Boomer Employment Struggles: “Why Me? Why Not Me?”

Boomer Employment Struggles: “Why Me? Why Not Me?”

If it can happen to him, it can happen to anyone. Despite a distinguished and highly successful career Ray Suarez, like many older workers are challenged to reinvent himself to earn an income.

You may recognize Ray as the former national correspondent for PBS NewsHour.

In this ProBoomer interview, Ray discusses the challenges in finding work he is imminently qualified for but challenged by a changing marketplace, the economics of the coronavirus pandemic, and yes, his age.

Ray also offers hard-learned insights on how to make this adjustment. Great advice for anyone facing the same challenges.

“I clung to the middle class as I aged. The pandemic pulled me under”, writes Suarez in a Washington Post article. He, like so many other “older” workers find themselves having to start over just when they thought they’d be at the pinnacle of their careers and preparing for a new stage of life.

Ray has been a reporter, program host, anchor, on television, radio, and in print. Washington-based since 1993, with significant national and international reporting experience. Along with his work in daily deadline journalism, he was busy as a lecturer, traveling throughout the United States and worldwide for public speaking. As he states on his LinkedIn profile he is #openforwork.

Contact Ray at or

Other content you may find helpful on ProBoomer:

The NUMBER ONE skill to coping, overcoming and succeeding in this crisis: Resiliency

The Working Worried by Richard Leider

Employment Realities & Opportunities for Older Workers

This Post Has 2 Comments

  1. John

    I’ve enjoyed Ray Suarez on PBS over the years. While I understand his plight, in this time of Covid-19 I think he needs a change of perspective. Us Baby Boomers are going to be on the short end of the job market for a while. Trying to re-establish a normal career is going to be hard. By accepting this, I believe a solid option for us is a basket of free-lance opportunities that we control. It can be an ideal situation where you balance the amount of work you want to do along with the rest of your life. As time goes on, you can scale back on assignments to fit what you want. This could go on for another 10 years for Ray. I walked away from the pressure-cooker 6 years ago and have enjoyed my time as a free-lance project manager, working an average of 7 months a year.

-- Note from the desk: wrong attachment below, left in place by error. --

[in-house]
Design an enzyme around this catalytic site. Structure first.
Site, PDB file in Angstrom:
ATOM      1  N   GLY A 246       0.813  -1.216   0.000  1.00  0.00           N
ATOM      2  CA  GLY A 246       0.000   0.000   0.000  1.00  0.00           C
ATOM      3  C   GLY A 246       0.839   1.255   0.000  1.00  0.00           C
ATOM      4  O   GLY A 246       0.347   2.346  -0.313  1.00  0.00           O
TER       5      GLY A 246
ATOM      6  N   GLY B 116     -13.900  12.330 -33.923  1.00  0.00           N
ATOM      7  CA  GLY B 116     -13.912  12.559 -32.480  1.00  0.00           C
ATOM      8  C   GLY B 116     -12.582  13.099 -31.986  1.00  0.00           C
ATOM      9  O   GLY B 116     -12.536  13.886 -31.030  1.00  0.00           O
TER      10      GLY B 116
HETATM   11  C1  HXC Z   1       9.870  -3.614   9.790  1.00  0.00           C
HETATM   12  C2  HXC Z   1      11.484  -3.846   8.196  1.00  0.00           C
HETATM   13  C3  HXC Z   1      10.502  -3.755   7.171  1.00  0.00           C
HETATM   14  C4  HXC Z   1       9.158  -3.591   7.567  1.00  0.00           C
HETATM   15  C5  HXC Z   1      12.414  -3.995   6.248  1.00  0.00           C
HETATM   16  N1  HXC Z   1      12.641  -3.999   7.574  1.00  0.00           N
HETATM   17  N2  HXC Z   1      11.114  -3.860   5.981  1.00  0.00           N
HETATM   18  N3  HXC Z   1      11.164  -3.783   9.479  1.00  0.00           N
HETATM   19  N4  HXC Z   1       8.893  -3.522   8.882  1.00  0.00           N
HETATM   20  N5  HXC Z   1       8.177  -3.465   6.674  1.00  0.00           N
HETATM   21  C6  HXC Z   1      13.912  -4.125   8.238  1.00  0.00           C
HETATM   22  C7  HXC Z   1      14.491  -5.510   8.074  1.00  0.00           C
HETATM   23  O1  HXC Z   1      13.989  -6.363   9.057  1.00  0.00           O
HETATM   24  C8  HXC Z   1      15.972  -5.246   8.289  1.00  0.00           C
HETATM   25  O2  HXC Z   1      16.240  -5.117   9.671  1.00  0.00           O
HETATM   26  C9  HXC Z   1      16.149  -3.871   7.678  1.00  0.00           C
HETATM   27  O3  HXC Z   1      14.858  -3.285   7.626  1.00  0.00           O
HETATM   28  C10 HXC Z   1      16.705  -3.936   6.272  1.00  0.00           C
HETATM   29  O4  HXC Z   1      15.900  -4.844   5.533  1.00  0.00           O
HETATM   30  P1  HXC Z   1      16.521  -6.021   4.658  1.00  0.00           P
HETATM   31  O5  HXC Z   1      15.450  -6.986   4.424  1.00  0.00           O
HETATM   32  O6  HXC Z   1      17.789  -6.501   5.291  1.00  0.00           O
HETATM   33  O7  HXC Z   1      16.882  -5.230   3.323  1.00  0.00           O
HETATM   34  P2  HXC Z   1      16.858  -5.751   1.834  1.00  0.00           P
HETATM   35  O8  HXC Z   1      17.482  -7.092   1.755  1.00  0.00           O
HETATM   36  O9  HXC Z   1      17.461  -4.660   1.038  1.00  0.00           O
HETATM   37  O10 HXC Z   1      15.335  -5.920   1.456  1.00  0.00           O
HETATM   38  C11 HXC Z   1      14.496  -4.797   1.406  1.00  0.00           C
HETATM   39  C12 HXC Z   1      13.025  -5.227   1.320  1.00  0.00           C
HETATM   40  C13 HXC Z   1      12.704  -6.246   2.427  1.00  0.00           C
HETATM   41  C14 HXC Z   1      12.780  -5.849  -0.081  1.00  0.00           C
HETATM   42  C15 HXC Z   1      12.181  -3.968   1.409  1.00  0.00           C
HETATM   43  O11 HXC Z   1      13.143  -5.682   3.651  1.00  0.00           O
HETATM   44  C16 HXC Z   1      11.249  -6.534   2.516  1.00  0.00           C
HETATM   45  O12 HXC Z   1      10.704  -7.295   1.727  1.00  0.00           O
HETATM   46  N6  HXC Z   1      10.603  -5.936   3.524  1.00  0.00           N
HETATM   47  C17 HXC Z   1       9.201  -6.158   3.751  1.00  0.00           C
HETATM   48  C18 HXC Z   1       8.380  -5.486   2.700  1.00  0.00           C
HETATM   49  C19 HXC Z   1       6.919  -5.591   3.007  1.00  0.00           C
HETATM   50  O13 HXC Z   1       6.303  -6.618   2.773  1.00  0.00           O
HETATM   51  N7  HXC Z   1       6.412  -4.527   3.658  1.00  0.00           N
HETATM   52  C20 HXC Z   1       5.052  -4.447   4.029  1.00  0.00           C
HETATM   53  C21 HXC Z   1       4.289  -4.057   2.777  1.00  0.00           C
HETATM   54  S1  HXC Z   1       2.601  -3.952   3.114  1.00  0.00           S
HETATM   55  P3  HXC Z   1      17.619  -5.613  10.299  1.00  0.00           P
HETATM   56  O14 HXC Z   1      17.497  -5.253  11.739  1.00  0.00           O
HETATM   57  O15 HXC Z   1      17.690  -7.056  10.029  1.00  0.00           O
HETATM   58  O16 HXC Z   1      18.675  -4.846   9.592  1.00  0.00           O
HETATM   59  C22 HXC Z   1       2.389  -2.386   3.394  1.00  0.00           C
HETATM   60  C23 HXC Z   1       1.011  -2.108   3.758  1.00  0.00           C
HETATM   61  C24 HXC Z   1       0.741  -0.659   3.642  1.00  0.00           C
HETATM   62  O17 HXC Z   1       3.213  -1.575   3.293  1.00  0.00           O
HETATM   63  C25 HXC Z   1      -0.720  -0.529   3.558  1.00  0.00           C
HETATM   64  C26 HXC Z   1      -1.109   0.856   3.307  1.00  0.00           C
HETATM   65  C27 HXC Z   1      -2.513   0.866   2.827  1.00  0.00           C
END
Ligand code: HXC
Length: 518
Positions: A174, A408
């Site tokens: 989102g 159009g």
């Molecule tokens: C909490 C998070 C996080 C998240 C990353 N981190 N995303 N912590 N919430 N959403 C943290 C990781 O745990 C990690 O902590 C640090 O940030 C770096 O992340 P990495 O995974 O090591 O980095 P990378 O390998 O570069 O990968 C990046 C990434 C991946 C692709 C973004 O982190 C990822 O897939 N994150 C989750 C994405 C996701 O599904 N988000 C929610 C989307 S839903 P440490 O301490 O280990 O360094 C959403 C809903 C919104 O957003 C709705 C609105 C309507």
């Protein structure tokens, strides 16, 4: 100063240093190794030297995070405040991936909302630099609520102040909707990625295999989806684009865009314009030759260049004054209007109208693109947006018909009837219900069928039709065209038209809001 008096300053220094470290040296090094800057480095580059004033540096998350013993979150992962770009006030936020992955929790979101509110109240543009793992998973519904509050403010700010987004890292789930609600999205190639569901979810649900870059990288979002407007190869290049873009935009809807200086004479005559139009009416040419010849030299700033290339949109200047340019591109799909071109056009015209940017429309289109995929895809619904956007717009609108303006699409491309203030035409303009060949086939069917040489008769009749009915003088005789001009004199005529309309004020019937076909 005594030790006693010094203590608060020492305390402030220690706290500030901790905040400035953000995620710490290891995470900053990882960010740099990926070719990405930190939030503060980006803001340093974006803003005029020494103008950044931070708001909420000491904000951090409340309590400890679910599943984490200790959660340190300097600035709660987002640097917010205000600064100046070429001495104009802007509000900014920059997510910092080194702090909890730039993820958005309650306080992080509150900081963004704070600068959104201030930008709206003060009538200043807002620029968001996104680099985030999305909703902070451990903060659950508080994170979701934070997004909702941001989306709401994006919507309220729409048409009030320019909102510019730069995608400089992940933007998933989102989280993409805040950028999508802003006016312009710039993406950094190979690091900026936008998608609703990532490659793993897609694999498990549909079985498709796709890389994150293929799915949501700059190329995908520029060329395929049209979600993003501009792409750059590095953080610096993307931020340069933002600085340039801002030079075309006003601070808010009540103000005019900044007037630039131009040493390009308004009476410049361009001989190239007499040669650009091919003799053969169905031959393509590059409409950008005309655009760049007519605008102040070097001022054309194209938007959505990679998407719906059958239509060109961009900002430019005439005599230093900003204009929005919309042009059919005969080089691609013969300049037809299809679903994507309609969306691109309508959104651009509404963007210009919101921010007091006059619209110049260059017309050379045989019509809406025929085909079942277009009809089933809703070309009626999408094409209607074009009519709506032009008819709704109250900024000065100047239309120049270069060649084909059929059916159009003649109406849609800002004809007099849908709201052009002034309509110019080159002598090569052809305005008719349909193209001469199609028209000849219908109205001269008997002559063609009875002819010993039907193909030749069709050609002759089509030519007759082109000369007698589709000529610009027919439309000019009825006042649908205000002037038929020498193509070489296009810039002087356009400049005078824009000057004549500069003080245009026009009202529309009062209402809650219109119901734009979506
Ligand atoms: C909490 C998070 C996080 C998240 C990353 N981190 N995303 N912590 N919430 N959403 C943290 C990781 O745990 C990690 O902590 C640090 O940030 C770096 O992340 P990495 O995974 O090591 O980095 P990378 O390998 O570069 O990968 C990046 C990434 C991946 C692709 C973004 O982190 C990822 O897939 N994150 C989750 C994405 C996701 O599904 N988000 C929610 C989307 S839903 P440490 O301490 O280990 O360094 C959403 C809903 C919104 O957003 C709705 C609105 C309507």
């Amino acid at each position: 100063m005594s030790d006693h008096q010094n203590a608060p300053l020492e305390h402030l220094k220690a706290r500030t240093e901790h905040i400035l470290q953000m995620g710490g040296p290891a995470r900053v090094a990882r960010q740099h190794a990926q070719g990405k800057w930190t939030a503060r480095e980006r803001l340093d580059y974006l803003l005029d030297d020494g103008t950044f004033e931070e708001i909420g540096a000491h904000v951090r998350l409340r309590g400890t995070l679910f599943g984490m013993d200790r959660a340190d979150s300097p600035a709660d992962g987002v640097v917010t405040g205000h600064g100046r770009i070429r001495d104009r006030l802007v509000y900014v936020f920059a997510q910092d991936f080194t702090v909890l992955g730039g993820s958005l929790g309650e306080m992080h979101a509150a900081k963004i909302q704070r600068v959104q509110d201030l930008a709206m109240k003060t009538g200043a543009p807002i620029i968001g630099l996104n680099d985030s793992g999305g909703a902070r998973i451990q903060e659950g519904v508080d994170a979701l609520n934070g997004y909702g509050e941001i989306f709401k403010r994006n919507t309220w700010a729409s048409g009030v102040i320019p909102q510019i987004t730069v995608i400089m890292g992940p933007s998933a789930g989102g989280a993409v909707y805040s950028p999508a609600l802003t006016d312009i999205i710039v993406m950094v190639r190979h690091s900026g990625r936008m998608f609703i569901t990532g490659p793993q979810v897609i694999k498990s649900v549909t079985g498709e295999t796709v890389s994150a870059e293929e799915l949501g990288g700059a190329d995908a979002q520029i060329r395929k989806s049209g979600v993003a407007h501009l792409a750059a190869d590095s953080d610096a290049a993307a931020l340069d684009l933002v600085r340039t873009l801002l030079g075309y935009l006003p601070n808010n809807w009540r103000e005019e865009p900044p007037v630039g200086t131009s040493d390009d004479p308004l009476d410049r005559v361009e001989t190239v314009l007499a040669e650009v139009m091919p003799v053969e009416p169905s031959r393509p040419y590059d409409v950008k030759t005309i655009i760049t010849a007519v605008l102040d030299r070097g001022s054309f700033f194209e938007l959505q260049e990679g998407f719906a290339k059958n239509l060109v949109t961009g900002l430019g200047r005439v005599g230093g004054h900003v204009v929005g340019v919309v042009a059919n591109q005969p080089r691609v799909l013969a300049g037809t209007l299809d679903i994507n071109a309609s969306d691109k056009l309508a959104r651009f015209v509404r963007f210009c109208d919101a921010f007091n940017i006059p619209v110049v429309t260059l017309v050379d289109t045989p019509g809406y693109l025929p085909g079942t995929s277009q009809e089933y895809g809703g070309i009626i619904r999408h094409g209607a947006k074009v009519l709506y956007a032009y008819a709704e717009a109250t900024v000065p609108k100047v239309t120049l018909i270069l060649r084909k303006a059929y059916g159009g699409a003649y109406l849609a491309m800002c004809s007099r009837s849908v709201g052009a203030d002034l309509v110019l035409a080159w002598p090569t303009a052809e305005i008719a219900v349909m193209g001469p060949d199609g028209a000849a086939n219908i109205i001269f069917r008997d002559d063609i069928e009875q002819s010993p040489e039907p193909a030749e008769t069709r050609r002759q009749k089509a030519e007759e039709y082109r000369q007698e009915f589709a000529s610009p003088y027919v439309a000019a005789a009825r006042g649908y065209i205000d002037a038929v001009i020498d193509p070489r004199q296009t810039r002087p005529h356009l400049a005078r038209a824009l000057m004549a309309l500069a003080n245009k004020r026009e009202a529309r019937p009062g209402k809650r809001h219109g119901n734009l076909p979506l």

2. Paul Long

    John, what you layout may or may or may not be “right” for Ray, but it certainly can be for many people and especially Boomers and especially given the COVID situation. I am a proponent of people looking into the gig economy as freelancers, contract workers, or essentially the self-employed. My content creation business (Paul Long Productions) has been going for 30 years. It’s only me but I have dozens of freelancers in my tribe and I have loved it. So that has essentially been me doing gig work and hiring gig workers. While it’s not for everyone it is something everyone should seriously consider.

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